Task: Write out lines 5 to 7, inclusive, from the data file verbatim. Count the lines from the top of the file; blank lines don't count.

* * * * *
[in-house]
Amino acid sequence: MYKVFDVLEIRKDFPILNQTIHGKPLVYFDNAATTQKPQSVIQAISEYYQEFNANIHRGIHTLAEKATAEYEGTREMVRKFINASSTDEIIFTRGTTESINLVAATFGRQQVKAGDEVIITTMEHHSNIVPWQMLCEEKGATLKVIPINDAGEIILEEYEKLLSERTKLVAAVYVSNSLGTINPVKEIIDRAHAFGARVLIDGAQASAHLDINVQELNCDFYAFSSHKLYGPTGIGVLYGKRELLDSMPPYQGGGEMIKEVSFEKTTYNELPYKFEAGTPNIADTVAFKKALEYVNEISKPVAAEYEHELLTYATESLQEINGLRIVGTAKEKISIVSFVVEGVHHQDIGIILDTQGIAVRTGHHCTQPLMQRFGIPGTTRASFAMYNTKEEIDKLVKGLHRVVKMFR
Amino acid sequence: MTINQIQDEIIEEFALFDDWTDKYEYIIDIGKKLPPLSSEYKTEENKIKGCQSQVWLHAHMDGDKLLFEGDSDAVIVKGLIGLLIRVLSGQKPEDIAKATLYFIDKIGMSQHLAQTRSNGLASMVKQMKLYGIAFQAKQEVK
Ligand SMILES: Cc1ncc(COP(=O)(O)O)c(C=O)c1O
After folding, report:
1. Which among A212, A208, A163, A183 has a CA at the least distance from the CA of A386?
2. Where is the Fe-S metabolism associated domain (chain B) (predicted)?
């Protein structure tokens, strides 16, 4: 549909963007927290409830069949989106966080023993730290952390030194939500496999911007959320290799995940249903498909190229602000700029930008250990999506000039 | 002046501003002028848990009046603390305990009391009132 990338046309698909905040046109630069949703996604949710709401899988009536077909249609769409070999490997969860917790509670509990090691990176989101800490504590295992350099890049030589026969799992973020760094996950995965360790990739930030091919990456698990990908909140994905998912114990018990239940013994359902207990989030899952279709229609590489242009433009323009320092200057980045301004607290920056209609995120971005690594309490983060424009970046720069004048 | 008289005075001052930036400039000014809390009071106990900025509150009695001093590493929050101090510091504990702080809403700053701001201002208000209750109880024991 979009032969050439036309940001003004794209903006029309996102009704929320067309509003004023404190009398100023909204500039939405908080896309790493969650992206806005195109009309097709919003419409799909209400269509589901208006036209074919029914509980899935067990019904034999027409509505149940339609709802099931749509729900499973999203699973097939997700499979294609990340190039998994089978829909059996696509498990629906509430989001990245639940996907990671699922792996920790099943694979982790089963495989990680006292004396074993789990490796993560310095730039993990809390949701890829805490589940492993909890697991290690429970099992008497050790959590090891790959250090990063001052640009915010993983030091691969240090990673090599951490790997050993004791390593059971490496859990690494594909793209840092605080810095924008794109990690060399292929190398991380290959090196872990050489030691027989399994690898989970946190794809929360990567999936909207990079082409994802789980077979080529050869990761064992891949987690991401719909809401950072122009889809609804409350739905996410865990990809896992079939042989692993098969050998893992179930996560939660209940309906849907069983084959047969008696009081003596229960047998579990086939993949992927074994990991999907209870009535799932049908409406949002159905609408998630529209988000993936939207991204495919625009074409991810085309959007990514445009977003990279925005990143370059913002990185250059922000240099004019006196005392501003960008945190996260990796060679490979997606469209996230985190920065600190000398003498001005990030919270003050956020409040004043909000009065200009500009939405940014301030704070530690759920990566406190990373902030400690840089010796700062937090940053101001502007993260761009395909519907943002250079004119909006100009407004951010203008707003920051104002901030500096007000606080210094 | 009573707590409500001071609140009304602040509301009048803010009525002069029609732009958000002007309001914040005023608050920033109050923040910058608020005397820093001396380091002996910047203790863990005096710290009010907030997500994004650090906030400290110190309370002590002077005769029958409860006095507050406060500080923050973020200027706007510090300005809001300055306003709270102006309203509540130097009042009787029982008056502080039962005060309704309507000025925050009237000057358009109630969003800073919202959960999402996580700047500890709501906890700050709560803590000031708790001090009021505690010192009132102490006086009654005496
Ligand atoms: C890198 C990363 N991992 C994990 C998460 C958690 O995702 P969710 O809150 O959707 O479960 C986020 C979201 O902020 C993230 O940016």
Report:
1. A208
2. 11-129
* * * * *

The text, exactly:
After folding, report:
1. Which among A212, A208, A163, A183 has a CA at the least distance from the CA of A386?
2. Where is the Fe-S metabolism associated domain (chain B) (predicted)?